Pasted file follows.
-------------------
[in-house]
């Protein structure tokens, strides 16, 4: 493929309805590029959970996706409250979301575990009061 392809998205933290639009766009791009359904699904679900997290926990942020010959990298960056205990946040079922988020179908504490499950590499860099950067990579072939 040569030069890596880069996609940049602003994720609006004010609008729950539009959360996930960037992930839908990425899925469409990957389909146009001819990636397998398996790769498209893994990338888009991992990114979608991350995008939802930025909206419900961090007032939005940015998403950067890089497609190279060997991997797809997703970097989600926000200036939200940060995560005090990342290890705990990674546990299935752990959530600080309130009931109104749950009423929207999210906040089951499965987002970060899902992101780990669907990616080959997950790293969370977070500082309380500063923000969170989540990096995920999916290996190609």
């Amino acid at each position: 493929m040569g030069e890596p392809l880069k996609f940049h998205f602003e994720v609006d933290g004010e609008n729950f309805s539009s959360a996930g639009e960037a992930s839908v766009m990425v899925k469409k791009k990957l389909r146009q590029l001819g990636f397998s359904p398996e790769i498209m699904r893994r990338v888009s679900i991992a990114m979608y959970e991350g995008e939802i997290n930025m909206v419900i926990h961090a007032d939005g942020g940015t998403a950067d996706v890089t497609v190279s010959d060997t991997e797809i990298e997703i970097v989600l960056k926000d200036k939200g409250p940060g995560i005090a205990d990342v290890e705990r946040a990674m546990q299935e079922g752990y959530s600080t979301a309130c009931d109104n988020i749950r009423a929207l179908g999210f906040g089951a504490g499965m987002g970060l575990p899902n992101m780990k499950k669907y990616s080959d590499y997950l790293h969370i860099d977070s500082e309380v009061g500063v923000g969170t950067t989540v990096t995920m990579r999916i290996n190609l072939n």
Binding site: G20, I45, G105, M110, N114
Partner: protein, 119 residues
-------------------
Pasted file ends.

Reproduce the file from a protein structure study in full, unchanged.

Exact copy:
[in-house]
């Protein structure tokens, strides 16, 4: 493929309805590029959970996706409250979301575990009061 392809998205933290639009766009791009359904699904679900997290926990942020010959990298960056205990946040079922988020179908504490499950590499860099950067990579072939 040569030069890596880069996609940049602003994720609006004010609008729950539009959360996930960037992930839908990425899925469409990957389909146009001819990636397998398996790769498209893994990338888009991992990114979608991350995008939802930025909206419900961090007032939005940015998403950067890089497609190279060997991997797809997703970097989600926000200036939200940060995560005090990342290890705990990674546990299935752990959530600080309130009931109104749950009423929207999210906040089951499965987002970060899902992101780990669907990616080959997950790293969370977070500082309380500063923000969170989540990096995920999916290996190609």
């Amino acid at each position: 493929m040569g030069e890596p392809l880069k996609f940049h998205f602003e994720v609006d933290g004010e609008n729950f309805s539009s959360a996930g639009e960037a992930s839908v766009m990425v899925k469409k791009k990957l389909r146009q590029l001819g990636f397998s359904p398996e790769i498209m699904r893994r990338v888009s679900i991992a990114m979608y959970e991350g995008e939802i997290n930025m909206v419900i926990h961090a007032d939005g942020g940015t998403a950067d996706v890089t497609v190279s010959d060997t991997e797809i990298e997703i970097v989600l960056k926000d200036k939200g409250p940060g995560i005090a205990d990342v290890e705990r946040a990674m546990q299935e079922g752990y959530s600080t979301a309130c009931d109104n988020i749950r009423a929207l179908g999210f906040g089951a504490g499965m987002g970060l575990p899902n992101m780990k499950k669907y990616s080959d590499y997950l790293h969370i860099d977070s500082e309380v009061g500063v923000g969170t950067t989540v990096t995920m990579r999916i290996n190609l072939n």
Binding site: G20, I45, G105, M110, N114
Partner: protein, 119 residues